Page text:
US President Joe Biden won the South Carolina Democratic primary, the first officially sanctioned race of the party’s nominating season, with returns showing him swamping two other candidates, according to Edison Research.
While Mr Biden, 81, faced little opposition, the vote was being closely watched amid concerns about his popularity, especially among black voters.
With 93.3% of precincts reporting, Mr Biden had won 116,266 votes, or 96.4% out of 120,643 votes cast, way ahead of his two main challengers, US Representative Dean Phillips and best-selling self-help author Marianne Williamson.
However, turnout failed to exceed expectations. Democratic officials had expected somewhere between 100,000 and 200,000 total votes, following a county-by-county tour of the southern state aimed at exciting voters and multiple events featuring Mr Biden or Vice President Kamala Harris.
In a victory statement, the Biden campaign said: “In 2020, it was the voters of South Carolina who proved the pundits wrong, breathed new life into our campaign, and set us on the path to winning the presidency.
“Now in 2024, the people of South Carolina have spoken again and I have no doubt that you have set us on the path to winning the presidency again and making Donald Trump a loser , again,” the campaign said in a statement.
Four years ago, it was South Carolina’s black vote in the state’s primary that helped ignite Mr Biden’s campaign and ultimately propel him to the White House.
Shortly before the polls in South Carolina closed, Mr Biden arrived in Los Angeles, where he was expected to meet with black entertainers.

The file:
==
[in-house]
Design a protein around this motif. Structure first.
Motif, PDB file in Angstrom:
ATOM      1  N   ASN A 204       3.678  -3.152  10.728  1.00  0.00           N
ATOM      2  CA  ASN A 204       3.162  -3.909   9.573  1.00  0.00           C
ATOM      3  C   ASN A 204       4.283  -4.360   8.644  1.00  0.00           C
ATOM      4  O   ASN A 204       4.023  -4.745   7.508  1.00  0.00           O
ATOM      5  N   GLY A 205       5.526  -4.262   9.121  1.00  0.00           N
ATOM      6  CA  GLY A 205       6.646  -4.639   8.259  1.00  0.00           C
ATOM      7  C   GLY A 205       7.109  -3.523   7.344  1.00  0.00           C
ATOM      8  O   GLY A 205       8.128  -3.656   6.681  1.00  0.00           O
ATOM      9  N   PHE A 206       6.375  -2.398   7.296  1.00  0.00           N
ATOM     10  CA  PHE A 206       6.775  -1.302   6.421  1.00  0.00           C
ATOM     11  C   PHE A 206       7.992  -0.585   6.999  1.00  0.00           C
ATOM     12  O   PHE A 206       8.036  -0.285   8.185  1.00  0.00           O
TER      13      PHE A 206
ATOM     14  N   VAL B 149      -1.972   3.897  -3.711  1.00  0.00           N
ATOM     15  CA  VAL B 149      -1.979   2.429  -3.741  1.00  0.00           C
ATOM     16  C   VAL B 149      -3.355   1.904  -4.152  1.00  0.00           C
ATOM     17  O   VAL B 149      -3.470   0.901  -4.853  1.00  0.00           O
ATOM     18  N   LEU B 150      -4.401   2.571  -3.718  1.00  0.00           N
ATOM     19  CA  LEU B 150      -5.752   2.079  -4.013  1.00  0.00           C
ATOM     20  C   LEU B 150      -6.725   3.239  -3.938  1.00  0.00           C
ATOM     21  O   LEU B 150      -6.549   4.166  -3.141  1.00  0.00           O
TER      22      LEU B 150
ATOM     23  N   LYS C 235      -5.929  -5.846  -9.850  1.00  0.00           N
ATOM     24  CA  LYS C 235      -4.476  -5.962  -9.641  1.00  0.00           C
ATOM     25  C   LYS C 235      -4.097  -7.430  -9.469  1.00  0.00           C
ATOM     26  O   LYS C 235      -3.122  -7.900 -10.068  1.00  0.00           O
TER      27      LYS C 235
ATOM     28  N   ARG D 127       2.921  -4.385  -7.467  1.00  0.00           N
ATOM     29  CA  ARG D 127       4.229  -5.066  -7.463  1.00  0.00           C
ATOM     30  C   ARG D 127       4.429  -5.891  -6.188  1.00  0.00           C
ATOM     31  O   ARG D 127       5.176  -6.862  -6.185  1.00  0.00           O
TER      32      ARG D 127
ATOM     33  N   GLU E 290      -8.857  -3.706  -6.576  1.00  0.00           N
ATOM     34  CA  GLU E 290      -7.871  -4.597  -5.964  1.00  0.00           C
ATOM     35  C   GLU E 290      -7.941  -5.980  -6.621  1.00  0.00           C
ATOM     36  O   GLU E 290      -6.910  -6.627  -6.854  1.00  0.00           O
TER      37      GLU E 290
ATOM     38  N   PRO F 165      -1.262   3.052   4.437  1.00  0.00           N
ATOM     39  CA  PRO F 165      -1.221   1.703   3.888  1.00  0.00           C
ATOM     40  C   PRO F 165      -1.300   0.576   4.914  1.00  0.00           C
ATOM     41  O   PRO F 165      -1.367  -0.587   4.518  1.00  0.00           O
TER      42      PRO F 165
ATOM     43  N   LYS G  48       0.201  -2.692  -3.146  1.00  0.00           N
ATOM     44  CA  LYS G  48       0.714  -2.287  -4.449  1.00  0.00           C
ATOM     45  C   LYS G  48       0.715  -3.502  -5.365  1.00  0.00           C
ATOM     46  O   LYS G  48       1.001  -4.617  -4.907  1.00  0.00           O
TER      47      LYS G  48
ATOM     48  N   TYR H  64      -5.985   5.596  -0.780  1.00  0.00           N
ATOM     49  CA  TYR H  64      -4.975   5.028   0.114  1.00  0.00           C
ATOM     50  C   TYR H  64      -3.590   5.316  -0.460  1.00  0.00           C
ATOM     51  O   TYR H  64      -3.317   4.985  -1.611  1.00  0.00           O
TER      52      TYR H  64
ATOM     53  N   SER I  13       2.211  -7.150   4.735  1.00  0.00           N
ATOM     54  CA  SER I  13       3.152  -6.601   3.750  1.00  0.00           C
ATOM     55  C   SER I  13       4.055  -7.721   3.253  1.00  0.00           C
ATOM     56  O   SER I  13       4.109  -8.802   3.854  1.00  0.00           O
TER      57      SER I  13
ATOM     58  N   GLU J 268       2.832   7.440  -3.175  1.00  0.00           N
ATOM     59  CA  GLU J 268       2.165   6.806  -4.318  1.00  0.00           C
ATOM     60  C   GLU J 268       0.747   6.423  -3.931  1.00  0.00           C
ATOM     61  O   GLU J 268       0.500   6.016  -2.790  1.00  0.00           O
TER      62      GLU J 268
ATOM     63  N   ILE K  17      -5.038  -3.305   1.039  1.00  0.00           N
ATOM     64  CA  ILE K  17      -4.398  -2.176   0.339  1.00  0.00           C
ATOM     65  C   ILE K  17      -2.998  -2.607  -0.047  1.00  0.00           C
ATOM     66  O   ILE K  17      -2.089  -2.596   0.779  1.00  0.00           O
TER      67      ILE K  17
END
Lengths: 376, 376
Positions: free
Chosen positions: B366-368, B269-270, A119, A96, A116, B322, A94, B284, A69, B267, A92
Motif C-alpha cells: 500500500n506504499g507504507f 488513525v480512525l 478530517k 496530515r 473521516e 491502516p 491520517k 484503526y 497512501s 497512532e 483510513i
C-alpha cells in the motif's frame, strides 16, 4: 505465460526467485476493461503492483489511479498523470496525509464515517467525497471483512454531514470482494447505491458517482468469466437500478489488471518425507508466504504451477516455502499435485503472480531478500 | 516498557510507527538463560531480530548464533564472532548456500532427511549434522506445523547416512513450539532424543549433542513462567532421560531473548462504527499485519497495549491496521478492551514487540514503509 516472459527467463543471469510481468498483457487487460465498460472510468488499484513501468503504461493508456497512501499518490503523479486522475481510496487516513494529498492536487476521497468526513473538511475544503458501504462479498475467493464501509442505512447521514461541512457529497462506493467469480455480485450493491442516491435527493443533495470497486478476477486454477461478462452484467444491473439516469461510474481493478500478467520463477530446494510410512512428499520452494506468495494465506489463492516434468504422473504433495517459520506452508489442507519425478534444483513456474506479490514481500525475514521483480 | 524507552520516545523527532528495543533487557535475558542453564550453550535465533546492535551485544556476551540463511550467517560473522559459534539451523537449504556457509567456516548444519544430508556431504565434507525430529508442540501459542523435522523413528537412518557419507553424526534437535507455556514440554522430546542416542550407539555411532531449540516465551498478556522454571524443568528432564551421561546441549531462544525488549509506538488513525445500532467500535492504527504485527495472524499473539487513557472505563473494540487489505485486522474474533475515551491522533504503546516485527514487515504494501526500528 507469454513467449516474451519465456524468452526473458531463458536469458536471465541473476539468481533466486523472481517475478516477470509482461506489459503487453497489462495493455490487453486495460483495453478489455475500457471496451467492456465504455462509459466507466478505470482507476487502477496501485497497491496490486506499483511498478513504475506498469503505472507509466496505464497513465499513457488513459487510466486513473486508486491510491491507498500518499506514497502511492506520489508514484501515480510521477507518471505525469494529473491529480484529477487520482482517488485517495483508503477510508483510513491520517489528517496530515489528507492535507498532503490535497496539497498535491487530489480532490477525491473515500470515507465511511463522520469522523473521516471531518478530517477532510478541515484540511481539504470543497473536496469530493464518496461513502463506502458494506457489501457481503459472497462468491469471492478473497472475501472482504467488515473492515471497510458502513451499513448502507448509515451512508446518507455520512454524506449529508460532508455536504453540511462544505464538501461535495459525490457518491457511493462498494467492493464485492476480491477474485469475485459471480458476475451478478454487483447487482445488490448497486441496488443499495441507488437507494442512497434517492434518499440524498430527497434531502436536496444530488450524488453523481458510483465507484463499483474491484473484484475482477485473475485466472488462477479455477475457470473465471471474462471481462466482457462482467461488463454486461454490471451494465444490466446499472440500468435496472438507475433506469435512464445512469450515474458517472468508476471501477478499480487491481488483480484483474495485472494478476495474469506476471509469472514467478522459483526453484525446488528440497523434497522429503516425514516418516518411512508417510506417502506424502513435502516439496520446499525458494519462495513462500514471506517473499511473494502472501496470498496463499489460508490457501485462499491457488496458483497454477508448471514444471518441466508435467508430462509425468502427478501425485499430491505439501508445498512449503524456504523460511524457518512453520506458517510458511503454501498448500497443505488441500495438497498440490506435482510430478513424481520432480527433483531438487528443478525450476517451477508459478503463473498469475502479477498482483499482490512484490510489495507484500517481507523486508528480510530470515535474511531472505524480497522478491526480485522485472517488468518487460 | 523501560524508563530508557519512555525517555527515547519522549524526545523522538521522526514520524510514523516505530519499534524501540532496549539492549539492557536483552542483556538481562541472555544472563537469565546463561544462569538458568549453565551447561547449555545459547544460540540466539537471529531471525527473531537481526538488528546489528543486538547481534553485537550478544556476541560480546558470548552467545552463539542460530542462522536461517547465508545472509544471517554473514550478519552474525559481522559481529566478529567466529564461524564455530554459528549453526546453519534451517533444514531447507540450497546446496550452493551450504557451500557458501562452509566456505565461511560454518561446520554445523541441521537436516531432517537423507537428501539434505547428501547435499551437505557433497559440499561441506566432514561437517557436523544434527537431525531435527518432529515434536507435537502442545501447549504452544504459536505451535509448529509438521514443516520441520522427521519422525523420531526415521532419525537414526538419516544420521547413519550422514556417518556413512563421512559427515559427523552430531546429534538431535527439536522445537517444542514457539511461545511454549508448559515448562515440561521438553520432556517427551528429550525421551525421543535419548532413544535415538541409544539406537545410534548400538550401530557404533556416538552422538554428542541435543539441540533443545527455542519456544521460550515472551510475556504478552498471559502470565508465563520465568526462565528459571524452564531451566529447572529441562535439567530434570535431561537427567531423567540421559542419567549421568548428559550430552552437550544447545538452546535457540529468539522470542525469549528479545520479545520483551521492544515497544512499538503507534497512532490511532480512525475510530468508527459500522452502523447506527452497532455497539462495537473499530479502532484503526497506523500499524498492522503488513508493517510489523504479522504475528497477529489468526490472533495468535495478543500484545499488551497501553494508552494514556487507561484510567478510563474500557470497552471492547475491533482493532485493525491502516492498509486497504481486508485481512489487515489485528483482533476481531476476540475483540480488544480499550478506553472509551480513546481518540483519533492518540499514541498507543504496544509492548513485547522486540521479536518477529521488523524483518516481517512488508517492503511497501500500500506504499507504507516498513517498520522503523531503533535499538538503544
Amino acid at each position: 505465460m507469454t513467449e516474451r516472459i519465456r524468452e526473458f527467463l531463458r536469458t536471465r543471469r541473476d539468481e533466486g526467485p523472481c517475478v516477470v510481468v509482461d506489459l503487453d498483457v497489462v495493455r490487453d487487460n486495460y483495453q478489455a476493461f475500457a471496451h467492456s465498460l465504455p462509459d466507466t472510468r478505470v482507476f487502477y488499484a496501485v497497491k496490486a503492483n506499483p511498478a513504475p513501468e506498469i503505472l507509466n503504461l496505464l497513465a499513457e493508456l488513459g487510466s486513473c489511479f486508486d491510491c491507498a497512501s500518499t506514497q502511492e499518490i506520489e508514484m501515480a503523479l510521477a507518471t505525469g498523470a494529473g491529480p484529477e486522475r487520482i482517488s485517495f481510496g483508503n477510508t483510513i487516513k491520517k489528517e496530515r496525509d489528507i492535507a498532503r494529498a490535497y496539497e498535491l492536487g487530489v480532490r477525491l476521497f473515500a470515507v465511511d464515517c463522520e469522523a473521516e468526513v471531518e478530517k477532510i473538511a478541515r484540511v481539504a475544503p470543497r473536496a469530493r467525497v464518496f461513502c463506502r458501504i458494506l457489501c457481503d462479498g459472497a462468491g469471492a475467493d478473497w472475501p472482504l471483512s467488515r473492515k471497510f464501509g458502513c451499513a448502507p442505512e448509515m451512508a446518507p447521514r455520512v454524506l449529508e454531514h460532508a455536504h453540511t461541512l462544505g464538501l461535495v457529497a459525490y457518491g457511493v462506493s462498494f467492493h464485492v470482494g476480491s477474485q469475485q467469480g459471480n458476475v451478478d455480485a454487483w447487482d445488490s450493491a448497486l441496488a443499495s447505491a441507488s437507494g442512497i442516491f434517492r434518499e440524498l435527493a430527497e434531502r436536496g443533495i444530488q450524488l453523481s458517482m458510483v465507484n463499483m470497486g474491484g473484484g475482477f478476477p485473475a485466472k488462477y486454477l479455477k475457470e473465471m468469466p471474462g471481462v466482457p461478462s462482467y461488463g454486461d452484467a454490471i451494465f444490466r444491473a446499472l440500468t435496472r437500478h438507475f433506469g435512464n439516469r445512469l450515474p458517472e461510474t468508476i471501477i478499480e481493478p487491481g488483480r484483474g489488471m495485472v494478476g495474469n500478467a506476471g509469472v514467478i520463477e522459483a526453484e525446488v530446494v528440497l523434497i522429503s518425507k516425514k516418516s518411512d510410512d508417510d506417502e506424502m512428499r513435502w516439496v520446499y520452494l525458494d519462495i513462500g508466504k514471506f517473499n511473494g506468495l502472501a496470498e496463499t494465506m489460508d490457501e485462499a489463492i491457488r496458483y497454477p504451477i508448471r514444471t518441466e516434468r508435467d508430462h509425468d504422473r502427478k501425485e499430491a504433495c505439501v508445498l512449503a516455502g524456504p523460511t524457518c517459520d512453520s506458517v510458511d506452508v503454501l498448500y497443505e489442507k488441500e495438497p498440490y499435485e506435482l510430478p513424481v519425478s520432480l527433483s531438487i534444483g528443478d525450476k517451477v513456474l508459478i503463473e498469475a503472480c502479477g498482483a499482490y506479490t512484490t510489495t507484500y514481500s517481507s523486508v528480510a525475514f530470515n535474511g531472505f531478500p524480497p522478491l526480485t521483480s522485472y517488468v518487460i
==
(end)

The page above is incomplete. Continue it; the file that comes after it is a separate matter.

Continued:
Mr Biden, an unpopular incumbent who faces little competition for his party’s nomination in subsequent state primaries leading up to the 5 November US election, was on track for an overwhelming victory in South Carolina.
Besides campaign fears that South Carolina’s heavily black electorate might not be energized this time around, there were also doubts about his age and concerns about high consumer prices and security along the US-Mexican border.
Former President Donald Trump, 77, is the frontrunner for the republican nomination to challenge Biden in the general election
South Carolina has not backed a democrat for president in the general election since 1976. But because black people make up more than half of the democratic electorate in South Carolina, it presented an important test of Mr Biden’s appeal with a voting base that typically supports democrats nine-to-one in presidential races.
Echoes of 2020
Although there are dozens of nominating contests ahead, Mr Biden has already moved into general-election mode, attacking Mr Trump in a series of speeches.
“There’s a lot at stake here, folks,” Mr Biden told campaign staff in Wilmington, Delaware yesterday.
Mr Trump is heavily favored to win his party’s nomination after triumphing in Iowa and New Hampshire, the first two republican contests in the state-by-state battle.
South Carolina plays host to the next major republican presidential nominating battle, on 24 February.
The US president reordered the democratic calendar to make South Carolina the first nominating contest, ahead of Iowa and New Hampshire, in a move that simultaneously increased the voice of black voters and all but shut out any potential competition for the nomination.
In 2020, Mr Biden garnered 49% of the 539,263 votes cast in South Carolina’s seven-person Democratic primary race.
Democrats in the state had accurately predicted he would capture a larger share of a smaller electorate this time against US Representative Phillips and self-help author Williamson.
In New Hampshire, where Mr Biden was not on the ballot last month, he captured 64% of the primary vote thanks to a write-in campaign.
In a recent speech to state democrats, Mr Phillips said he expected 95% of the state will go for Mr Biden in the primary. However, Mr Phillips said he still has a role to play.
“If you want to have a first-in-the-nation primary, you need at least two candidates on the ballot, and I’m happy to be that other guy,” the congressman said.